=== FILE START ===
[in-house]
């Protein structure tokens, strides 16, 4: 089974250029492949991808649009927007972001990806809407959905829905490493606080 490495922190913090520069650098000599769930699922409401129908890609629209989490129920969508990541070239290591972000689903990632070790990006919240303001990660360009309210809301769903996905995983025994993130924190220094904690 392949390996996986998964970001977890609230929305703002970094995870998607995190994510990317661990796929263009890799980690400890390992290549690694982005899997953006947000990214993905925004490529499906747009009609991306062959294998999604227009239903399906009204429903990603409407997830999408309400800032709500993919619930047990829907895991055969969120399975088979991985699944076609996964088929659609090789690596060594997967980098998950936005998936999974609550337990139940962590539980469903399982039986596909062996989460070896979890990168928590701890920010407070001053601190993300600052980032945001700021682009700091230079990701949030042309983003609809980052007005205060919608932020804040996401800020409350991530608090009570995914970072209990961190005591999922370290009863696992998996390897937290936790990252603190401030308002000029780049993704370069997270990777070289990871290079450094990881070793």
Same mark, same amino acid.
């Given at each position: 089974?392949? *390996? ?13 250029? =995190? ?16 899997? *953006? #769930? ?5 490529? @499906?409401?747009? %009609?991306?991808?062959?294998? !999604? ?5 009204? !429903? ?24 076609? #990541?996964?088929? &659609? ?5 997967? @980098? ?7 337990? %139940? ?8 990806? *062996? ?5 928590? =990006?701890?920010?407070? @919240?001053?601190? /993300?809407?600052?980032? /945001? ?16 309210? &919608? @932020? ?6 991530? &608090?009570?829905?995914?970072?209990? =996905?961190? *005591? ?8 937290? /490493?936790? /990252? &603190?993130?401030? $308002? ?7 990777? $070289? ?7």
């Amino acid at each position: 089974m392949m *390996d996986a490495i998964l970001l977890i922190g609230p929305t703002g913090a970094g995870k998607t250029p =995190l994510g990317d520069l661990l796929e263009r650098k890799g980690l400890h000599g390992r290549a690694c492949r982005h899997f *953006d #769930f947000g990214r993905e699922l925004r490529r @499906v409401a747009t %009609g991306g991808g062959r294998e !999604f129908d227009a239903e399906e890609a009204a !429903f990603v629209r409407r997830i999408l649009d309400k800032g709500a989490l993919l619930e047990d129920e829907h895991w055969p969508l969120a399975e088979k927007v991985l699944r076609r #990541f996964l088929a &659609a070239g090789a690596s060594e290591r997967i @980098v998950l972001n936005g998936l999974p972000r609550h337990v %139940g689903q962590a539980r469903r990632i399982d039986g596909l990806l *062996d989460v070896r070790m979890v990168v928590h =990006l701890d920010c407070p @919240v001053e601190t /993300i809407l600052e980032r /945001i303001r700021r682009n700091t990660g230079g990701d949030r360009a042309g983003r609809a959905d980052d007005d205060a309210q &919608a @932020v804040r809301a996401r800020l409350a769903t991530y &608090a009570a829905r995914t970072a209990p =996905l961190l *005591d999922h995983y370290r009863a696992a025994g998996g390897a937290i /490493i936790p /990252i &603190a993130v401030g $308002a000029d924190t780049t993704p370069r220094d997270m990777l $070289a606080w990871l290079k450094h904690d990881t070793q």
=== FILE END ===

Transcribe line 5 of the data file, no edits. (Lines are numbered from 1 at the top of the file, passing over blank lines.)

């Amino acid at each position: 089974m392949m *390996d996986a490495i998964l970001l977890i922190g609230p929305t703002g913090a970094g995870k998607t250029p =995190l994510g990317d520069l661990l796929e263009r650098k890799g980690l400890h000599g390992r290549a690694c492949r982005h899997f *953006d #769930f947000g990214r993905e699922l925004r490529r @499906v409401a747009t %009609g991306g991808g062959r294998e !999604f129908d227009a239903e399906e890609a009204a !429903f990603v629209r409407r997830i999408l649009d309400k800032g709500a989490l993919l619930e047990d129920e829907h895991w055969p969508l969120a399975e088979k927007v991985l699944r076609r #990541f996964l088929a &659609a070239g090789a690596s060594e290591r997967i @980098v998950l972001n936005g998936l999974p972000r609550h337990v %139940g689903q962590a539980r469903r990632i399982d039986g596909l990806l *062996d989460v070896r070790m979890v990168v928590h =990006l701890d920010c407070p @919240v001053e601190t /993300i809407l600052e980032r /945001i303001r700021r682009n700091t990660g230079g990701d949030r360009a042309g983003r609809a959905d980052d007005d205060a309210q &919608a @932020v804040r809301a996401r800020l409350a769903t991530y &608090a009570a829905r995914t970072a209990p =996905l961190l *005591d999922h995983y370290r009863a696992a025994g998996g390897a937290i /490493i936790p /990252i &603190a993130v401030g $308002a000029d924190t780049t993704p370069r220094d997270m990777l $070289a606080w990871l290079k450094h904690d990881t070793q």